In this file photo, the Pre-Commissioning Unit (PCU) USS John P. Murtha (LPD 26) conducts builder's trials in March. (Huntington Ingalls photo)

SAN DIEGO - The amphibious transport dock ship USS John P. Murtha (LPD 26) arrived at her homeport of San Diego Nov. 18, completing the ship's maiden voyage.

Following four years of construction and successful sea trials this summer in the Gulf of Mexico, the Navy's newest amphibious transport dock ship set sail in August for home. Along the way, the crew conducted equipment checks, system tests, crew certification, and countless hours of underway training.

Upon her departure the ship visited Newport, R.I., where the crew hosted the leadership of more than 100 heads of navies as part of the CNO's International Seapower Symposium (ISS), and commissioned at Penn's Landing in Philadelphia. In addition, the ship made port visits to Guantanamo Bay, Cuba; Montego Bay, Jamaica; and Bridgetown, Barbados, where they engaged in local community relations projects. They visited Mayport, Florida to prepare for their Panama Canal transit and made one last stop in Balboa, Panama, before arriving in San Diego.

"As we look forward to arriving home in San Diego and reuniting with family and friends, I could not be more proud of this crew," Capt. Kevin Parker, USS John P. Murtha's commanding officer, said en route. "During our sail around up and down the East Coast and through the Caribbean and Eastern Pacific, they have executed every assigned engagement and tasking with professionalism and precision. They truly exemplify the "Make a Difference" attitude that our ship's motto demands, and I have full confidence that this ship and her crew are ready for whatever is asked of us."

USS John P. Murtha is the tenth amphibious transport dock ship in the San Antonio class. These versatile ships incorporate both a flight deck to accommodate all U.S. Marine Corps helicopters and MV-22 Osprey tilt-rotor aircraft, as well as a well deck that can launch and recover landing craft and amphibious vehicles. The San Antonio class's increased vehicle space and substantial cargo carrying capacity make it a key element of 21st century amphibious ready groups, expeditionary strike groups, and joint task forces.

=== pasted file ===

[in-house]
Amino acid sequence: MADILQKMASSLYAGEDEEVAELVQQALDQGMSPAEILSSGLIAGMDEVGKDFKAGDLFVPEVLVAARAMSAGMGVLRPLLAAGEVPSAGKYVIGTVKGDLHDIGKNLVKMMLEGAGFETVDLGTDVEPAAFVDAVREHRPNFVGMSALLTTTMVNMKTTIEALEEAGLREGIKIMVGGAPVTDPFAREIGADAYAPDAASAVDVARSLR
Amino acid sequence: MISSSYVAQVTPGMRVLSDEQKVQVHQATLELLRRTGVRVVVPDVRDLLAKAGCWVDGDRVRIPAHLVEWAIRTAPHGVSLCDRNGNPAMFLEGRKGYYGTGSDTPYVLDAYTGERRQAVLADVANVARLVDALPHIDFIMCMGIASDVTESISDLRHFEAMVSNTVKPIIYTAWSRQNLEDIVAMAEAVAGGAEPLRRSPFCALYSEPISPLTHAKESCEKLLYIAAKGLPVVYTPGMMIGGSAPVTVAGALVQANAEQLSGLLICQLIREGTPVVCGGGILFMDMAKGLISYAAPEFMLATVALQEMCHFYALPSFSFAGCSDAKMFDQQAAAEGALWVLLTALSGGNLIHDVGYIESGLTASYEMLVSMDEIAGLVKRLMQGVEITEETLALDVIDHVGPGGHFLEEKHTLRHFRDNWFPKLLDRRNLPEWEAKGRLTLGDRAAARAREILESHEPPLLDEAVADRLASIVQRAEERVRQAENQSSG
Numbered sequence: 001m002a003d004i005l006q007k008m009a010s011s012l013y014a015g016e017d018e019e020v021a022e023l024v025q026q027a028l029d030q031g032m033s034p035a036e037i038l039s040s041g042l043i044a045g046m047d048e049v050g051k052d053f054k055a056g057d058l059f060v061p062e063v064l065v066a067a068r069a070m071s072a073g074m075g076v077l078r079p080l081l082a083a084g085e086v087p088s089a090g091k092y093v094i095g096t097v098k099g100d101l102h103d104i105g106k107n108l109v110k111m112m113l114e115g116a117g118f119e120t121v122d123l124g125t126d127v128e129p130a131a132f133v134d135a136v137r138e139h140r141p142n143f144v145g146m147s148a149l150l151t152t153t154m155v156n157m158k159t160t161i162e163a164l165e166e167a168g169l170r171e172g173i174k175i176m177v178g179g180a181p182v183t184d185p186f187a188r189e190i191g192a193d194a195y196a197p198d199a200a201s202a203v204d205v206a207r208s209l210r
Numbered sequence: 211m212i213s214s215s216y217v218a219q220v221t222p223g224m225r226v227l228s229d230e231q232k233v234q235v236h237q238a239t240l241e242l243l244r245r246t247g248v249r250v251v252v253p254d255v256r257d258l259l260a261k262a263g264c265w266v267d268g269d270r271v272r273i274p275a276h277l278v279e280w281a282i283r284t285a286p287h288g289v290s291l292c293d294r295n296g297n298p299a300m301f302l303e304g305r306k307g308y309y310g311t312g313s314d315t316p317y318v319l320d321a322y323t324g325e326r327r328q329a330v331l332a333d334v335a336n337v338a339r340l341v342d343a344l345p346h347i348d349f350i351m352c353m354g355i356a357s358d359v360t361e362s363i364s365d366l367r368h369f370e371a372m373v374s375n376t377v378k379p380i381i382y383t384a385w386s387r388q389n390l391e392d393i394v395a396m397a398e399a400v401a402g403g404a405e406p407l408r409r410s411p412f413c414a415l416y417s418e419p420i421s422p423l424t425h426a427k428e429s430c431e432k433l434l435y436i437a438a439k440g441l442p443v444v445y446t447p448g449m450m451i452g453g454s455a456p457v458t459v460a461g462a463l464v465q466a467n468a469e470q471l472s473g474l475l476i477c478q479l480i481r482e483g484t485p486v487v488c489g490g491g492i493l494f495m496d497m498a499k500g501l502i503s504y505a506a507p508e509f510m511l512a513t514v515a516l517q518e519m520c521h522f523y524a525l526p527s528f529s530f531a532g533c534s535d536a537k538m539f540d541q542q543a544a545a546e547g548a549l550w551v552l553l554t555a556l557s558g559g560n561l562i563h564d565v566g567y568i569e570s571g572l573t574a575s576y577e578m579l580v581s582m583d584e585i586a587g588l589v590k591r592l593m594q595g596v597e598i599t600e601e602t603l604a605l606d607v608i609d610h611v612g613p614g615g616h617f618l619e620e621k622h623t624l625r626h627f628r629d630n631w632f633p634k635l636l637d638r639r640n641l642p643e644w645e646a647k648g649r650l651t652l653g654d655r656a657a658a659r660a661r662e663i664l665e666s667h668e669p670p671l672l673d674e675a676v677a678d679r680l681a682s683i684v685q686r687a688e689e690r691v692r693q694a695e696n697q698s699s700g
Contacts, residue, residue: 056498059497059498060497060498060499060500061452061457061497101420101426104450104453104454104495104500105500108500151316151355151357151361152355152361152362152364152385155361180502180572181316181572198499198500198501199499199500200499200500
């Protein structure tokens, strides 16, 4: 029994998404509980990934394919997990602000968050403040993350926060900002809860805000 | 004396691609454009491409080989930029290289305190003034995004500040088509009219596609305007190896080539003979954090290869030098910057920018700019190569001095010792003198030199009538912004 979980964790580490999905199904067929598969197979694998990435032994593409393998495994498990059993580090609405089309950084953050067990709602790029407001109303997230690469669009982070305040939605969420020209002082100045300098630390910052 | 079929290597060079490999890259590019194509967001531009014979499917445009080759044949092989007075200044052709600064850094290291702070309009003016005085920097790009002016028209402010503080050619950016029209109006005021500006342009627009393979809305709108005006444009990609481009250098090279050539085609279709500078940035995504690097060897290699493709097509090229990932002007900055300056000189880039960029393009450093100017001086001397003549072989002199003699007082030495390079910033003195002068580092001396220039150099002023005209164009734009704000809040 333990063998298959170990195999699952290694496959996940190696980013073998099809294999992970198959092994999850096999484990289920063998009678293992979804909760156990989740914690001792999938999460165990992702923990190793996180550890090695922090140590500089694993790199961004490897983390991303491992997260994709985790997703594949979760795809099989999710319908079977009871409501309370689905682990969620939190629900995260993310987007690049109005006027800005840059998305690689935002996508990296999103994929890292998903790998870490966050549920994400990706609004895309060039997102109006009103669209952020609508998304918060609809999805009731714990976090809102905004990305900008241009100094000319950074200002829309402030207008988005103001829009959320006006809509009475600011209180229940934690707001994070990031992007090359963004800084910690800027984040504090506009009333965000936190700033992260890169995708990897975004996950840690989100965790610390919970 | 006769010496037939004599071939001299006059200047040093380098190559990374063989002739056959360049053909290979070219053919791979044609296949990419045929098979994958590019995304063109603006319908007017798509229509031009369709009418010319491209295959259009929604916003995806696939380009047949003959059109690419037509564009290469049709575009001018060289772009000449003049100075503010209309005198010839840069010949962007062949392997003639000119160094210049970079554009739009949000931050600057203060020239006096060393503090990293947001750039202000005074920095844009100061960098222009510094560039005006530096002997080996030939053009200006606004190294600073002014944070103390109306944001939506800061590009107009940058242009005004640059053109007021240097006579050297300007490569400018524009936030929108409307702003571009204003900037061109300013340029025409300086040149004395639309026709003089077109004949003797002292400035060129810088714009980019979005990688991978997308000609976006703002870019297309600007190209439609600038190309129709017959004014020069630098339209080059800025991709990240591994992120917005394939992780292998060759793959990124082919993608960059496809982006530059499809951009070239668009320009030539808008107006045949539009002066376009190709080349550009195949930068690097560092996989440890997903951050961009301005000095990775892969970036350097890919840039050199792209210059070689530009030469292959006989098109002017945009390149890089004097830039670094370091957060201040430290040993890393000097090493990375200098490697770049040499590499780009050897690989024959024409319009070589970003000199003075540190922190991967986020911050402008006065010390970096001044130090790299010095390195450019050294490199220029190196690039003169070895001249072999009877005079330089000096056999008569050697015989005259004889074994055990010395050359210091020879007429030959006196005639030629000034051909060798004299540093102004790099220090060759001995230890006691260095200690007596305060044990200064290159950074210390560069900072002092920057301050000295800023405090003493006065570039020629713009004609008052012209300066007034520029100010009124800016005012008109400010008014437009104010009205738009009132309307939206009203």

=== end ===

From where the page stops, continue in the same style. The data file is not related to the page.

"To be a part of a commissioning crew, also known as a plankowner, is a very special honor that not all Sailors get the opportunity to be a part of during their career," said Master Chief Petty Officer Jon Crisafulli, the command's senior enlisted leader. "To watch this crew come together from day one and exceed all expectations has been one of the most rewarding experiences of my Naval career. I am proud of each and every Sailor on board, and we are all excited to bring our ship to our new home in San Diego."

The ship is named in honor of Congressman John P. Murtha, who served his country both as a Marine and in the halls of Congress. Murtha served in the Marine Corps for more than 20 years and saw service in Vietnam, a tour that earned him the Bronze Star with Valor, two Purple Hearts, and the Vietnamese Cross of Gallantry. Murtha represented Pennsylvania's 12th Congressional District from 1974 until his death in 2010.

USS John P. Murtha will provide improved warfighting capabilities, including an advanced command-and-control suite, increased vehicle and cargo lift capability and advanced ship survivability features. The ship is capable of embarking a landing force of nearly 800 Marines.